American Pharmaceutical Partners presented positive data from a phase III study of their recently approved drug Abraxane (albumin-bound paclitaxel particles), for the treatment of metastatic breast cancer at the 22nd Annual Miami Breast Cancer Conference. Study results yielded significant evidence of efficacy, with second-line patients receiving Abraxane experiencing significantly improved median survival times, vs. those receiving unmodified paclitaxel (56.4 weeks vs. 46.7 weeks; p=0.016); this response corresponded to a 29% reduction in risk of death. A non-significant improvement vs. paclitaxel was observed in the overall patient population, including both second-line-or-later subjects (65.0 weeks vs. 55.7 weeks). The drug maintained its advantageous tolerability profile, with no unexpected serious adverse events and no hypersensitivity reactions. This approved-therapy controlled study enrolled a total of 460 patients, who received either 260 mg/m2 Abraxane via 30 minute infusion with no premedication or 175 mg/m2 paclitaxel via 3 hour infusion with hypersensitivity-suppressing premedication including steroids and antihistamines.
February 22, 2005
Aphton announced negative results of a phase III study of Insegia (G17DT immunogen) in combination with gemcitabine chemotherapy, for the treatment of pancreatic cancer. Trial data failed to meet their primary efficacy endpoint, with no improvements in overall survival noted versus gemcitabine alone. Survival benefit was noted among the subset of patients who demonstrated antibody response, compared to both the gemcitabine monotherapy arm and those subjects receiving Insegia not demonstrating antibody response. No significant difference in the incidence of adverse events was noted. This randomized study enrolled 383 patients with treatment-naïve pancreatic cancer, who received either combination therapy with Insegia and gemcitabine or gemcitabine alone. The company announced that it hoped to use these results in the design of future trials, and in support of a planned phase III Insegia monotherapy trial in chemotherapy intolerant patients.
Dendreon announced positive results of a phase III study of Provenge (APC-8015), their investigational immunotherapy for the treatment of prostate cancer. Patients receiving the drug experienced a significant 4.5-month improvement in median survival time, vs. placebo (25.9 months vs. 21.4 months, p=0.01). This marks the largest median improvement in survival time in this patient population for any therapy. Efficacy was also noted in promoting survival through 36 months, with 34% of Provenge patients reaching this mark vs. 11% for placebo (p=0.0046). This double-blind, placebo-controlled trial randomized 127 men with asymptomatic, metastatic androgen independent prostate cancer to receive 3 infusions of Provenge or placebo over 4 weeks.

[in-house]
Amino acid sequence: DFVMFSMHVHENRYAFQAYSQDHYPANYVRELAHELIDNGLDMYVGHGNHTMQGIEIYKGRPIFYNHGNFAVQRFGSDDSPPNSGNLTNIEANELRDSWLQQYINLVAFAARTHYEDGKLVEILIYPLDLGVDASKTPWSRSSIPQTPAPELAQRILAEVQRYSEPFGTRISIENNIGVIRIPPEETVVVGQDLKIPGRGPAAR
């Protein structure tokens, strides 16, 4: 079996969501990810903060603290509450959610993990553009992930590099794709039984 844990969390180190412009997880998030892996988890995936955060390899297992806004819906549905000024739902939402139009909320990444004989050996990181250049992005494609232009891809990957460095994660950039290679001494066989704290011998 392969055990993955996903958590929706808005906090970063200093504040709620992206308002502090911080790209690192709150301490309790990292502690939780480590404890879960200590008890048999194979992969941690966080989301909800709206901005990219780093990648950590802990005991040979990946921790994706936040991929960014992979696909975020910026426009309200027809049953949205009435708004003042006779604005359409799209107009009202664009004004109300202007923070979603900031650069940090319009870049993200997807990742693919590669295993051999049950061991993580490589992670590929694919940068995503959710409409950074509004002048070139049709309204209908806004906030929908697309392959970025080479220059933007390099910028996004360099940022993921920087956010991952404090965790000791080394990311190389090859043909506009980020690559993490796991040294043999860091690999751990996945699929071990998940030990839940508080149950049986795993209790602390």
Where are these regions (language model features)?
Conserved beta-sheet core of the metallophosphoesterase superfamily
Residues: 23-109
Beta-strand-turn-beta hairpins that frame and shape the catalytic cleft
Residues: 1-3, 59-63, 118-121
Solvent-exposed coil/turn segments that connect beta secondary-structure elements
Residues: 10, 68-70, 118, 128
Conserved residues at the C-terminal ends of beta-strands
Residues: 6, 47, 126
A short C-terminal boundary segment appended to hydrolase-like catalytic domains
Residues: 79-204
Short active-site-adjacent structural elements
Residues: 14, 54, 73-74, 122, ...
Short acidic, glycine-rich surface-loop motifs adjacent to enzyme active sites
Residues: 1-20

Point Therapeutics reported positive interim results from a phase II trial of talabostat (PT-100), their dipeptidyl peptidase inhibitor for the treatment of metastatic melanoma. Data collected from the first 10 patients yielded preliminary evidence of efficacy, with 1 patient who had previously failed treatment with IL-2 experiencing a partial tumor response (reduction in tumor size of at least 30%). Achievement of this milestone allows the continued accrual of patients. This open-label, single arm study was designed to enroll a total of 30 patients with metastatic melanoma, who were to receive up to 6 cycles of talabostat monotherapy, with oral administration once daily for 14 days, followed by a 7 day washout. The company announced that these results, along with those from other phase II studies, would be used to establish proof-of-principle for talabostat.
January 31, 2005
Genentech issued positive results of a phase IIIb study of Avastin (bevacizumab) in combination with FOLFOX4 chemotherapy, for the second-line treatment of metastatic colorectal cancer. Preliminary results met their primary endpoint, producing a significant reduction in risk of death (hazard ratio=0.74) and a 17% improvement in median survival time (2.5 months vs. 10.7 months), vs. subjects receiving FOLFOX4 alone. The safety and tolerability profile for the combination therapy was consistent with those observed for both drugs alone; the most frequent serious adverse events were bleeding (3/286) and thrombosis (13/286), and the most frequent adverse events were hypertension (17/286) and (44/286) sensory neuropathy. This randomized, controlled, multicenter trial enrolled 829 patients with advanced colorectal cancer refractory to 5-FU-based and irinotecan therapies.